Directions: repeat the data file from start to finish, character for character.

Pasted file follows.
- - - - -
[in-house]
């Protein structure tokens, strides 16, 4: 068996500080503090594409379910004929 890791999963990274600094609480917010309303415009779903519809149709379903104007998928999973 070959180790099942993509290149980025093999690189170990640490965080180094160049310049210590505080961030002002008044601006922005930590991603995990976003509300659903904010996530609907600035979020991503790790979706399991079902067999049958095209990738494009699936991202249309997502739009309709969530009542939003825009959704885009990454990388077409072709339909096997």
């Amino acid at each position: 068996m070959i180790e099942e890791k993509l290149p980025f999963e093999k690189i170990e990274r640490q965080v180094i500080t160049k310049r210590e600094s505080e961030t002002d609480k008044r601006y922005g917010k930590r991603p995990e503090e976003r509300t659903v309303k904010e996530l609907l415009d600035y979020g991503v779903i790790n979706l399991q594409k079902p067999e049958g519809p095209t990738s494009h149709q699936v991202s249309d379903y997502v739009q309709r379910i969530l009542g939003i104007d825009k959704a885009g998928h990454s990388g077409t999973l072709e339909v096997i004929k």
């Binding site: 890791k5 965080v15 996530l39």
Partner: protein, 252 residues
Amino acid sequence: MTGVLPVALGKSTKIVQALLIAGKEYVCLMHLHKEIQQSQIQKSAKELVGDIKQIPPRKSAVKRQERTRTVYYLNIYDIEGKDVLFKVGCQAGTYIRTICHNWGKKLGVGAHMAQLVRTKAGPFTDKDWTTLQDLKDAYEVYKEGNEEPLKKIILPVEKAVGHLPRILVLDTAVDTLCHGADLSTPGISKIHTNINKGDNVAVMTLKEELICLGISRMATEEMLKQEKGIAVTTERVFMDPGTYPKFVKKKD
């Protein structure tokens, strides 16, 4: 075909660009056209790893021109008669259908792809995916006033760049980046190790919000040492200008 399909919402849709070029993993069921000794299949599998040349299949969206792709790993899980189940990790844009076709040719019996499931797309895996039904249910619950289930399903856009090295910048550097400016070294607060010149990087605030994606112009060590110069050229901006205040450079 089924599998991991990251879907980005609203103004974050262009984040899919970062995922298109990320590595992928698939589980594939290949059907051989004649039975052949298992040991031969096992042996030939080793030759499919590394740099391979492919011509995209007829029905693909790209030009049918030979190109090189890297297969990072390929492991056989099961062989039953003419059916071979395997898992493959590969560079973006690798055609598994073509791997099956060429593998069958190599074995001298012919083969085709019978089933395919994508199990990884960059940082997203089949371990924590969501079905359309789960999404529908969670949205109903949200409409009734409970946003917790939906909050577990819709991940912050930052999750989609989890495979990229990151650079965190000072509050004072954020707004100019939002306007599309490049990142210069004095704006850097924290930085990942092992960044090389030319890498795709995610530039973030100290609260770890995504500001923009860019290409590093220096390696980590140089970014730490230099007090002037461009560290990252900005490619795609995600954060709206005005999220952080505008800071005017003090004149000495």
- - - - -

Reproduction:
[in-house]
């Protein structure tokens, strides 16, 4: 068996500080503090594409379910004929 890791999963990274600094609480917010309303415009779903519809149709379903104007998928999973 070959180790099942993509290149980025093999690189170990640490965080180094160049310049210590505080961030002002008044601006922005930590991603995990976003509300659903904010996530609907600035979020991503790790979706399991079902067999049958095209990738494009699936991202249309997502739009309709969530009542939003825009959704885009990454990388077409072709339909096997």
């Amino acid at each position: 068996m070959i180790e099942e890791k993509l290149p980025f999963e093999k690189i170990e990274r640490q965080v180094i500080t160049k310049r210590e600094s505080e961030t002002d609480k008044r601006y922005g917010k930590r991603p995990e503090e976003r509300t659903v309303k904010e996530l609907l415009d600035y979020g991503v779903i790790n979706l399991q594409k079902p067999e049958g519809p095209t990738s494009h149709q699936v991202s249309d379903y997502v739009q309709r379910i969530l009542g939003i104007d825009k959704a885009g998928h990454s990388g077409t999973l072709e339909v096997i004929k």
């Binding site: 890791k5 965080v15 996530l39």
Partner: protein, 252 residues
Amino acid sequence: MTGVLPVALGKSTKIVQALLIAGKEYVCLMHLHKEIQQSQIQKSAKELVGDIKQIPPRKSAVKRQERTRTVYYLNIYDIEGKDVLFKVGCQAGTYIRTICHNWGKKLGVGAHMAQLVRTKAGPFTDKDWTTLQDLKDAYEVYKEGNEEPLKKIILPVEKAVGHLPRILVLDTAVDTLCHGADLSTPGISKIHTNINKGDNVAVMTLKEELICLGISRMATEEMLKQEKGIAVTTERVFMDPGTYPKFVKKKD
């Protein structure tokens, strides 16, 4: 075909660009056209790893021109008669259908792809995916006033760049980046190790919000040492200008 399909919402849709070029993993069921000794299949599998040349299949969206792709790993899980189940990790844009076709040719019996499931797309895996039904249910619950289930399903856009090295910048550097400016070294607060010149990087605030994606112009060590110069050229901006205040450079 089924599998991991990251879907980005609203103004974050262009984040899919970062995922298109990320590595992928698939589980594939290949059907051989004649039975052949298992040991031969096992042996030939080793030759499919590394740099391979492919011509995209007829029905693909790209030009049918030979190109090189890297297969990072390929492991056989099961062989039953003419059916071979395997898992493959590969560079973006690798055609598994073509791997099956060429593998069958190599074995001298012919083969085709019978089933395919994508199990990884960059940082997203089949371990924590969501079905359309789960999404529908969670949205109903949200409409009734409970946003917790939906909050577990819709991940912050930052999750989609989890495979990229990151650079965190000072509050004072954020707004100019939002306007599309490049990142210069004095704006850097924290930085990942092992960044090389030319890498795709995610530039973030100290609260770890995504500001923009860019290409590093220096390696980590140089970014730490230099007090002037461009560290990252900005490619795609995600954060709206005005999220952080505008800071005017003090004149000495």